The New GI as Mediator

Turning warriors into peacemakers has a biblical ring. It's hardly what has traditionally characterized the training given American GIs or Marines.

Yet techniques for "winning the peace" - to use the phrase often applied to Kosovo after NATO's air campaign - have been part of the drill for US land forces since the early 1990s. The setbacks in Somalia and the early challenges in Bosnia underscored the need to understand and work closely with both local people and international bureaucracies.

The US Army deserves praise for making peacekeeping tasks part of the curriculum at its war colleges in Carlisle, Pa., and Fort Bragg, N.C. Officers' test their ability to resolve conflicts between former enemies through role-playing exercises. They're taught how to bring some administrative order to war-battered communities. Police functions, like setting roadblocks and preventing civil violence, are studied. Current confrontations between NATO peacekeepers and vengeful crowds in Kosovo underscore the difficulties.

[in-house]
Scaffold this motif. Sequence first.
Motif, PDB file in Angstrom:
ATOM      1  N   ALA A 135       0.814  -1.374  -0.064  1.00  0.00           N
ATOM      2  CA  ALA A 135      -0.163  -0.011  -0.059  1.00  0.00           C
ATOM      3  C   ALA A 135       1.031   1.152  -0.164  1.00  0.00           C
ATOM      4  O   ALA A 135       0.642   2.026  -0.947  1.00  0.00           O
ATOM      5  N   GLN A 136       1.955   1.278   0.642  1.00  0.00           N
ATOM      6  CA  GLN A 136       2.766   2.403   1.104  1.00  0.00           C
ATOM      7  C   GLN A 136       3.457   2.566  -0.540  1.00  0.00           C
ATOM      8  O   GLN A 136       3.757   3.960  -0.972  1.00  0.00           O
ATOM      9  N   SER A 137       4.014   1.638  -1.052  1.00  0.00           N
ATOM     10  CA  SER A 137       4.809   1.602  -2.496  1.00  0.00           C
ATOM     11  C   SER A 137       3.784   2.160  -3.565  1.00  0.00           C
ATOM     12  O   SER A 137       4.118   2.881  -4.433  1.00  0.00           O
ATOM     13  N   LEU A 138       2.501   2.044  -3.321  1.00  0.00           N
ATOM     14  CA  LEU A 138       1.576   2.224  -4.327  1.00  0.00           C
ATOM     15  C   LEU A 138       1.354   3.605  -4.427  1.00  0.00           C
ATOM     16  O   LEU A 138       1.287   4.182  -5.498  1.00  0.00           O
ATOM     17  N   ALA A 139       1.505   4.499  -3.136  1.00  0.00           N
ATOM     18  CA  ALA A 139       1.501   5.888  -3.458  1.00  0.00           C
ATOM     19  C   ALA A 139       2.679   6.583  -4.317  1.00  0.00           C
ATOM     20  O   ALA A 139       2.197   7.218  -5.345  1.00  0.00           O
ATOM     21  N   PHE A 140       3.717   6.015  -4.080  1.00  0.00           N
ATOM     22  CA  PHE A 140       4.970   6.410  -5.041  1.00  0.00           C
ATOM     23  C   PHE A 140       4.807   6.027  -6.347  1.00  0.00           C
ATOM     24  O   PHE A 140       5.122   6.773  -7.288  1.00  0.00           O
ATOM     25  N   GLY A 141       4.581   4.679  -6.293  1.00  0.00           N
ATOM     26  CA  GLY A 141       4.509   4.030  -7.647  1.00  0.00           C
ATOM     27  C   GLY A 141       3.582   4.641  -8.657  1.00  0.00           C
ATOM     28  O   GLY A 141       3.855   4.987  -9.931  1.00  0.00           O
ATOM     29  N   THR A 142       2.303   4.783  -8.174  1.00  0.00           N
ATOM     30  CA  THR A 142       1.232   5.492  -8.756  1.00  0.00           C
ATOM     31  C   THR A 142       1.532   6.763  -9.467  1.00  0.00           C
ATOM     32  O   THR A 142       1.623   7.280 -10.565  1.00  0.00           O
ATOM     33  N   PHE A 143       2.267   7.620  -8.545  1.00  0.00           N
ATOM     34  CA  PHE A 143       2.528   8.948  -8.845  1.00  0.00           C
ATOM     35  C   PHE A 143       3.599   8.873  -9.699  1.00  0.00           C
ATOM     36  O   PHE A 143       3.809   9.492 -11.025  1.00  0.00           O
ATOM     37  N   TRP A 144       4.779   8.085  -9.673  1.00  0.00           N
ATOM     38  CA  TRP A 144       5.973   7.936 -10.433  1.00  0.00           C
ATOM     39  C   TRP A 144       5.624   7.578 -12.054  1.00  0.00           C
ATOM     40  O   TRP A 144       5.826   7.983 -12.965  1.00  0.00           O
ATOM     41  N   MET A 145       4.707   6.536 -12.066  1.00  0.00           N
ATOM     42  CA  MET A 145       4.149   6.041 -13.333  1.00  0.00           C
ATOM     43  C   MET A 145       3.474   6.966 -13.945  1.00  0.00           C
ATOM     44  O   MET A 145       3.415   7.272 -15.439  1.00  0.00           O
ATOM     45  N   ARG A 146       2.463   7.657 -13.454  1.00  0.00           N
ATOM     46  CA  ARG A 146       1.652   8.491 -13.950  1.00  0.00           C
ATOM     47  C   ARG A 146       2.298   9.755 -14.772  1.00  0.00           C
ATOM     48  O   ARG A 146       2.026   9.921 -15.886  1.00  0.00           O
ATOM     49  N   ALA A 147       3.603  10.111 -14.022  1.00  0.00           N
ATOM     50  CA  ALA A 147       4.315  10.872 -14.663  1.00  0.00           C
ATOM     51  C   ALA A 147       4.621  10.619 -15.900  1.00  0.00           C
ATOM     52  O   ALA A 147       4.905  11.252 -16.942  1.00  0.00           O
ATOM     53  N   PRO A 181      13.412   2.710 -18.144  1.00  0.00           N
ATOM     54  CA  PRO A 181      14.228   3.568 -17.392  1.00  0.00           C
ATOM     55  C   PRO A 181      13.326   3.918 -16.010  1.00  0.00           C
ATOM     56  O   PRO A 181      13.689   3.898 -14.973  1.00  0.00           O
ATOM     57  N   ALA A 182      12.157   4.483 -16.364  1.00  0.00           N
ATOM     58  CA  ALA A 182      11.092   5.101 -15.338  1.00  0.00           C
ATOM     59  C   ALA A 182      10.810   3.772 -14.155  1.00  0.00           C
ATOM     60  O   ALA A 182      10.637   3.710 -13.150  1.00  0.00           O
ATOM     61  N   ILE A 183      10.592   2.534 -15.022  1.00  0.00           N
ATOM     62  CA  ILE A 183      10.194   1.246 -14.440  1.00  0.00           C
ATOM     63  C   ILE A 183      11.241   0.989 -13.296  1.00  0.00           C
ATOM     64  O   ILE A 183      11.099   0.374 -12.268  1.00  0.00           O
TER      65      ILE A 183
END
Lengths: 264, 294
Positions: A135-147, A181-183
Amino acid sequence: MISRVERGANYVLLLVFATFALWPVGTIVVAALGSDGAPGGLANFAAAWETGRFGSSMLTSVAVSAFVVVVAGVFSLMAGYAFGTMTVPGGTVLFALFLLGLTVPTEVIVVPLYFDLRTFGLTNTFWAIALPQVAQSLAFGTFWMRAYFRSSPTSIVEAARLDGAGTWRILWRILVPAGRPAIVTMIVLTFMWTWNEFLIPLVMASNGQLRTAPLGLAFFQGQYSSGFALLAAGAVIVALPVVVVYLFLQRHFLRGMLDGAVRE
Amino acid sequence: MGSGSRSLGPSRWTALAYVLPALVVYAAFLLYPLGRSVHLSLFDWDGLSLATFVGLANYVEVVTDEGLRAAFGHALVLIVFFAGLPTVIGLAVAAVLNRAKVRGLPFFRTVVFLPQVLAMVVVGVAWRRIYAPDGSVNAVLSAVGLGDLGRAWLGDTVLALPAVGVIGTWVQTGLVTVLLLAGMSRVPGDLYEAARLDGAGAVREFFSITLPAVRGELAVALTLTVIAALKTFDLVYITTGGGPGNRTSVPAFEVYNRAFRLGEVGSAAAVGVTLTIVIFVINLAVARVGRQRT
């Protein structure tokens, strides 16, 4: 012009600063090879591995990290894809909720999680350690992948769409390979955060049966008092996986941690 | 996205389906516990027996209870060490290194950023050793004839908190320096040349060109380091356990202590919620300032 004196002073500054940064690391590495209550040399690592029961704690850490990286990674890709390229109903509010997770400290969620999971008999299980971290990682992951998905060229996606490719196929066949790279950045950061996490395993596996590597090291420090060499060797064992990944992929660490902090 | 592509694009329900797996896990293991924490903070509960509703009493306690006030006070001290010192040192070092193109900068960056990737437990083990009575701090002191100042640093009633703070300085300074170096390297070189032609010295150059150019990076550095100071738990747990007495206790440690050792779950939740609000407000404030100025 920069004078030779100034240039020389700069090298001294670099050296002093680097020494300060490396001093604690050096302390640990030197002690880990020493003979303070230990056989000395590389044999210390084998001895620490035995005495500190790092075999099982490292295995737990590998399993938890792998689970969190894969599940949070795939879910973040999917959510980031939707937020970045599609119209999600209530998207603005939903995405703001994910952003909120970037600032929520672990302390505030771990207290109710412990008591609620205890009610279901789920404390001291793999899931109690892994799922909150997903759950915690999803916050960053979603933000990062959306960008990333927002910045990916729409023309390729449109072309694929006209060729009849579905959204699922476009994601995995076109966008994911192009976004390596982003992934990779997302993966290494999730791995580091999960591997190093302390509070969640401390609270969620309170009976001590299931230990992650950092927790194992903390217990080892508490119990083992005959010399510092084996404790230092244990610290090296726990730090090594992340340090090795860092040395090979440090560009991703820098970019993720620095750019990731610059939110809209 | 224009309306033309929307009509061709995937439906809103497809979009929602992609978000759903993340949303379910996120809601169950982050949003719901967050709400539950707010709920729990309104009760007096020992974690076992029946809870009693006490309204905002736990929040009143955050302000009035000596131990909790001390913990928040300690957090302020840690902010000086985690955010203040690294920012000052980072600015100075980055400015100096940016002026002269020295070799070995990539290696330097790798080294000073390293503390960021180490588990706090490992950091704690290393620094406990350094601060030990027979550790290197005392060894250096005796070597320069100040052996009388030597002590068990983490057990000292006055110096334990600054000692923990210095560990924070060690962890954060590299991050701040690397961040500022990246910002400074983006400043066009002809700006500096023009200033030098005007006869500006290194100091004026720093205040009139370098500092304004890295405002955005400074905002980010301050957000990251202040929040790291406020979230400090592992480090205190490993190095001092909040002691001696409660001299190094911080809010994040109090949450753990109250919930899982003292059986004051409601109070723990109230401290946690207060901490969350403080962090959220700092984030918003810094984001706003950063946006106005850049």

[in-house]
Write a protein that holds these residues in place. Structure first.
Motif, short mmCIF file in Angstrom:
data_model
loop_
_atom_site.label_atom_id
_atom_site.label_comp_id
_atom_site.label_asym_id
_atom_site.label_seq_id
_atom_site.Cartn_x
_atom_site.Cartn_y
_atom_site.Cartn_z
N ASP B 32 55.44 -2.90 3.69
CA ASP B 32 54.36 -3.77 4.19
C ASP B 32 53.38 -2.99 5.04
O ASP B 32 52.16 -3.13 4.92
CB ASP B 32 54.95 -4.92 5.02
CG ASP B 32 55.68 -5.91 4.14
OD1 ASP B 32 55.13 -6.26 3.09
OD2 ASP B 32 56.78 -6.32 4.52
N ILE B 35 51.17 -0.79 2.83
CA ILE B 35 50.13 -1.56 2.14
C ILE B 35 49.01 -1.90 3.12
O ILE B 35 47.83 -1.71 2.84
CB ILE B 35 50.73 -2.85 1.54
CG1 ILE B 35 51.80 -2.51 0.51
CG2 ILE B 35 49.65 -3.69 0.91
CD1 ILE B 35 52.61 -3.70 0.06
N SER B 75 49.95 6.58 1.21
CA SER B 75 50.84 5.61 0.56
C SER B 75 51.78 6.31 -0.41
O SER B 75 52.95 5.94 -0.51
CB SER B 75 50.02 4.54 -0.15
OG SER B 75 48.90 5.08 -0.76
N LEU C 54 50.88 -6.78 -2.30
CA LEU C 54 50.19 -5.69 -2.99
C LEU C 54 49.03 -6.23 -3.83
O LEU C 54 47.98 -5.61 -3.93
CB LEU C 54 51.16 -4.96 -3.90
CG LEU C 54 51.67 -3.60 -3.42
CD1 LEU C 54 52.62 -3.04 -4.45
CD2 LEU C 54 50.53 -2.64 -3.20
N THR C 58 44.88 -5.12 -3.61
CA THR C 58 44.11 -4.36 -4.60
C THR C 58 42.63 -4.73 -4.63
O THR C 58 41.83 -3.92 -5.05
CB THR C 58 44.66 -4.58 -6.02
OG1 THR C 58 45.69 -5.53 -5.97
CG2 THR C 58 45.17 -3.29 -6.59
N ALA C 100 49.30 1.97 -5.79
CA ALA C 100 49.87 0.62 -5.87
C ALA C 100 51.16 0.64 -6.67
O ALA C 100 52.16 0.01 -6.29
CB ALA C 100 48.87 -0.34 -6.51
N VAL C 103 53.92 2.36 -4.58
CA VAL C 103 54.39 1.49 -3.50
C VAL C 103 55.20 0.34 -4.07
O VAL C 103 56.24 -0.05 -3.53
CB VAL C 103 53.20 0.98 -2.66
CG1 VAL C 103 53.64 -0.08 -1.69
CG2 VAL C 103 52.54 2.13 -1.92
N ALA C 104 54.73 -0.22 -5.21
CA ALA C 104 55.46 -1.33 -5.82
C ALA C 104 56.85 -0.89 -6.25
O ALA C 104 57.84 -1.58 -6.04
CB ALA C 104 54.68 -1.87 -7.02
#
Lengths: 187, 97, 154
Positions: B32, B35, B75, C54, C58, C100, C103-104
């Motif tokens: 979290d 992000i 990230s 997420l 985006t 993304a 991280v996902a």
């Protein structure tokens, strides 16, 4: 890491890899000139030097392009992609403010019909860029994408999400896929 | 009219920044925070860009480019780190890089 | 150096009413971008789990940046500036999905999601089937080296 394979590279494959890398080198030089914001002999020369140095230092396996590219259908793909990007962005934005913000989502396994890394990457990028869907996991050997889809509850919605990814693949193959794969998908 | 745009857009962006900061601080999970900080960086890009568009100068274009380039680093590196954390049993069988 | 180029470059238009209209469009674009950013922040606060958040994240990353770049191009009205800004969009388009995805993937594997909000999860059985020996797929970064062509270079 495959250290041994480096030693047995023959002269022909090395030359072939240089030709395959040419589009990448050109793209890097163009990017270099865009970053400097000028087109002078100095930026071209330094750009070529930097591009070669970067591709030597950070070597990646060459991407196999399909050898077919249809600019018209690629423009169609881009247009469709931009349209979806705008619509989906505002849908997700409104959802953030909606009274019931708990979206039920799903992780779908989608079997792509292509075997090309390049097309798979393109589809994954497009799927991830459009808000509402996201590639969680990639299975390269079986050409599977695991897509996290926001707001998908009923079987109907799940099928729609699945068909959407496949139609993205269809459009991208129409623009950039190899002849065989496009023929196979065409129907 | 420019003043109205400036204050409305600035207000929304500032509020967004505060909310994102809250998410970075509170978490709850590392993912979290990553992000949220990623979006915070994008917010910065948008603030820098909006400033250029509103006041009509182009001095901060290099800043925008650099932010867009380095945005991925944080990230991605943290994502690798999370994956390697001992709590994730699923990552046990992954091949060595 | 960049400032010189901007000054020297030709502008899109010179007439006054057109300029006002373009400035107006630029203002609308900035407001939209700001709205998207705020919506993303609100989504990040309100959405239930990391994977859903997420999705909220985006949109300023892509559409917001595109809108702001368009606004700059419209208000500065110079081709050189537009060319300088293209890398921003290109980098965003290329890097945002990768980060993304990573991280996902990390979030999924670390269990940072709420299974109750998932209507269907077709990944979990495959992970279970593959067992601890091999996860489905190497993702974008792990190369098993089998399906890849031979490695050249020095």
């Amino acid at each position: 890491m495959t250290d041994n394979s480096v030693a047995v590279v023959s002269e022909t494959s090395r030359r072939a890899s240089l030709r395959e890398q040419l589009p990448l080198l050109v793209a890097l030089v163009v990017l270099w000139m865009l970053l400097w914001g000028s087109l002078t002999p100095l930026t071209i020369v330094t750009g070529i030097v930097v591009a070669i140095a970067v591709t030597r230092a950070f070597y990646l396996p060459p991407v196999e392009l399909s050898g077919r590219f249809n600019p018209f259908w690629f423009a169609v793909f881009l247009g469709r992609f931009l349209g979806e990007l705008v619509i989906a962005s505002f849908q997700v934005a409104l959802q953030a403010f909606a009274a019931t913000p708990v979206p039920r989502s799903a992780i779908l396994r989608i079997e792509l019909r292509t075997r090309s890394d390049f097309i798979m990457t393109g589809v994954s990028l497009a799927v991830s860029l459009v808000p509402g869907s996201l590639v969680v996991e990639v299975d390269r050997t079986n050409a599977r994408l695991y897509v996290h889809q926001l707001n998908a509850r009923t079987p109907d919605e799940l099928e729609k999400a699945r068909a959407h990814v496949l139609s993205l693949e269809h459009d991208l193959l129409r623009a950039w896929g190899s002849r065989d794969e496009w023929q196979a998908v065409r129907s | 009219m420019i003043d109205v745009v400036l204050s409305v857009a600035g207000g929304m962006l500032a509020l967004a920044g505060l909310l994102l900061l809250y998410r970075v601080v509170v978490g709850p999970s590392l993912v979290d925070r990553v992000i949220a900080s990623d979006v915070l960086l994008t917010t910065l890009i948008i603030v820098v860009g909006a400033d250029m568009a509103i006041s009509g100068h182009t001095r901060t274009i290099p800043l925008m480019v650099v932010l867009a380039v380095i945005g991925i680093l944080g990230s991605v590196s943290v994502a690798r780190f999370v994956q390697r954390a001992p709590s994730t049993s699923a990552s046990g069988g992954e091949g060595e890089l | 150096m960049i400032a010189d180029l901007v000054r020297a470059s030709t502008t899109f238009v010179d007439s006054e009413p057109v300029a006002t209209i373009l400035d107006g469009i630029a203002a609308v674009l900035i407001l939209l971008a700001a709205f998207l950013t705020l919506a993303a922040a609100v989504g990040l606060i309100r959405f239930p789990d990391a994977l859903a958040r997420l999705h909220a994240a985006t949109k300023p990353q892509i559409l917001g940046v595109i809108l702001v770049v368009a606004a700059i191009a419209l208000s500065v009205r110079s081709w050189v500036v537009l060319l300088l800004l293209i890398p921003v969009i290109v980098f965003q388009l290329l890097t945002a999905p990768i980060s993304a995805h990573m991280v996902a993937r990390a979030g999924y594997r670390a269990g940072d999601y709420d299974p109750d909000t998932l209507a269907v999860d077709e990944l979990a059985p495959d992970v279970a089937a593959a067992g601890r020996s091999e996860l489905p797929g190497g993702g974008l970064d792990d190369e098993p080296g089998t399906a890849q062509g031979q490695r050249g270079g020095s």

While the Army has shouldered the bulk of peacekeeping responsibilities, the Marines also try to instill these essentially political skills, in line with their code of tackling any mission.

The idea of teaching combat soldiers peacekeeping skills may bother some military planners. It could seem a detour from the forces' war-fighting work. But few can doubt that peacekeeping tasks will continue to spring up. It's reassuring to know that American officers and the soldiers under them will have a pretty good idea of what to expect. It's positive, too, that officers from allied nations are participating in this training.

The trend should be sustained. Peacekeeping experience should be a factor in promotions within the military. Just as important, the civilian officials who'll make the decisions about what missions to undertake should encourage the services' teaching of peacekeeping skills. This know-how could be critical to establishing a constructive leading role for America in the 21st century.

(c) Copyright 1999. The Christian Science Publishing Society

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